SiteCatalyst pageType - Click To Enlarge

2.1.44 pageType

The pageType variable is used only to designate a 404 Page Not Found Error Page. It only has one possible value, which is “errorPage.” On a 404 Error Page, the pageName variable should not be populated.

Table: pageType Variable Parameters

The pageType variable captures the errant URL when a 404 Error Page is displayed, which allows you to quickly find broken links and paths that are no longer valid on the custom site. Set up the pageType variable on the error page exactly as shown below. Do not use the page name variable on 404 error pages. The pageType variable is only used for the 404 Error Page.

! NOTE: In most cases, the 404 Error Page is a static page that is hard-coded. In these cases, it is important that the reference to the .JS file is set to an appropriate global or relative path/directory.

Syntax and Possible Values

The only allowable value of pageType is “errorPage" as shown below.

s.pageType="errorPage"

Examples

s.pageType="errorPage"

SiteCatalyst Configuration Settings

None

Pitfalls, Questions and Tips

To capture other server-side errors (like 500 errors), use a prop to capture the error message and put “500 Error:

<URL>” where <URL> is the URL requested, in the pageName variable. By following this course of action, you can use Pathing Reports to see what paths caused users to generate 500 errors, and the prop will explain which error message is given by the server.
omniture sitecatalyst pages not found report

Omniture SiteCatalyst Report - Click To Enlarge

Tracking 404 Error Pages Improves Visitor Experience

This tactic has proven invaluable to me and my clients.  Over time we notice the number of visits to the custom 404 page go down because we create custom 301 redirects for each bad inbound link and redirect to the most appropriate page on the site.  This regular maintenance slowly firms up your website and in the end creates a better visitor experience.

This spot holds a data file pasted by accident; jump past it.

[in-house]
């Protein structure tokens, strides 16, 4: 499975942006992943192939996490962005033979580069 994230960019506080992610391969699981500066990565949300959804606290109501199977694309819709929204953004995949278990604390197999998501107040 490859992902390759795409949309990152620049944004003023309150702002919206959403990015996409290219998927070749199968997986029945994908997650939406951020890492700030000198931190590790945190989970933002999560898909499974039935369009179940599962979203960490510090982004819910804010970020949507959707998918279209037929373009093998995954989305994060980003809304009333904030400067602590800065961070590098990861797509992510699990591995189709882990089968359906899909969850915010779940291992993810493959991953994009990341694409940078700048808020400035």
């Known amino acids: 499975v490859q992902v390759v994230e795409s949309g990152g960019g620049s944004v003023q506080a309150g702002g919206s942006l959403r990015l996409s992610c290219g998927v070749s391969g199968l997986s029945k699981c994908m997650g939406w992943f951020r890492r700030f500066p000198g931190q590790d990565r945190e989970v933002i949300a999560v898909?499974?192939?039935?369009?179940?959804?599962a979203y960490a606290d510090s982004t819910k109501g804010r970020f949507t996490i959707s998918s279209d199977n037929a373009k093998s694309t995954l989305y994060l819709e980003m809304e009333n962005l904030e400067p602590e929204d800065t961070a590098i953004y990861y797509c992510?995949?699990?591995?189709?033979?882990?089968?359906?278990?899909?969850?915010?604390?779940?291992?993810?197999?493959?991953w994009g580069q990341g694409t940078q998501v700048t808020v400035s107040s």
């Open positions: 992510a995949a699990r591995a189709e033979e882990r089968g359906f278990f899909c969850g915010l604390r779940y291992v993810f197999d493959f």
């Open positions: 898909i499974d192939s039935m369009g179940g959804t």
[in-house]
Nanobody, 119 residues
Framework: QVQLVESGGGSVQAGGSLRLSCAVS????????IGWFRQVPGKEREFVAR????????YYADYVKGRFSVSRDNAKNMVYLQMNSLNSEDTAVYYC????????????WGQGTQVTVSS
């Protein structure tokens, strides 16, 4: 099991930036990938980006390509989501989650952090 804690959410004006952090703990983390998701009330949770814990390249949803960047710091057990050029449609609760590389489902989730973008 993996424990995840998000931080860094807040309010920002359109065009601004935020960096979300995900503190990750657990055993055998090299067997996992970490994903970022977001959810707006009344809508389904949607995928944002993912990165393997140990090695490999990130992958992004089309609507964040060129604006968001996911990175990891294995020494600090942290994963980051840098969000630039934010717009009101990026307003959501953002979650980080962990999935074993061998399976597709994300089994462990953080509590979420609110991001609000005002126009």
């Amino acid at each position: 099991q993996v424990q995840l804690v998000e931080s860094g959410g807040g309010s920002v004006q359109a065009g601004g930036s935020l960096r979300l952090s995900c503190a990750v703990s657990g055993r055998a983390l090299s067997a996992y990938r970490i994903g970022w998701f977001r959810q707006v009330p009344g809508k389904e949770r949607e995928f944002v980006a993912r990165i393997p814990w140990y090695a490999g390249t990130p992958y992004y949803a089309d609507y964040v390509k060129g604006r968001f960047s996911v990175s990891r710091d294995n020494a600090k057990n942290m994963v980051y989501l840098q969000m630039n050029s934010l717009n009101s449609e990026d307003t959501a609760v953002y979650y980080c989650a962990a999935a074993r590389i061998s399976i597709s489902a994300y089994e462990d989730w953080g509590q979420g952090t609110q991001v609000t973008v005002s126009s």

We Don’t Need No Stinking Web Analytics!

We Don't Need No Stinking Web Analytics

  • Perhaps you’ve been told to add it to your site.
  • Maybe your client is asking for details that your raw web logs can’t answer.
  • Maybe you’re so deep into your tactics you’ve come to realize the only way you can optimize them is with the sophistication provided by web analytics.

Those of you in the above categories can already answer the question, “why use web analytics” and have a solid, concrete reason to do so.

I’m going to speak to those who have heard of it, but aren’t sure why they should use web analytics?


Is This You?

  • No boss to report stats to?
  • No active campaigns tied to a marketing campaign?
  • Early in implementation of something big that’s not ready for prime time?
  • Not really interested in the complexity of tagging or the resulting reporting tools?
  • Don’t even have a website to tag with web analytics?

These are common situations I run into and you can even group and expand them to include more people who may not even be as close to their web presence as these people are.  Those people may also benefit from web analytics in support of their tactics, campaigns and initiatives.

If you look at these roles and their interest in web analytics you can really speak to them as a whole.  You can bring them with you as they lose their web analytics virginity.  The result is a Kool-Aid drinking fanatic who will help you promote implementations, customizations and dependence on web analytics into higher level business decisions.


The Top 3 Answers: “Why Use Web Analytics?”

1. BENCHMARKING DATA

Benchmarking DataFor those who don’t need it now, you will one day. If you don’t know why you need or didn’t even know about web analytics until recently, this is the first reason you need it.  One day you will need to know how well your website and web presences are “performing”.

Don’t even worry about what I mean by performing.  It doesn’t matter.  The reason it doesn’t matter is that with just the most basic of implementations of web analytics (the same exact tag on every page) you will begin collecting so much data that you will be amazed one day in the future.

This basic tagging is so simple I consider it a zero dollar ($0) investment.  How can you argue that math?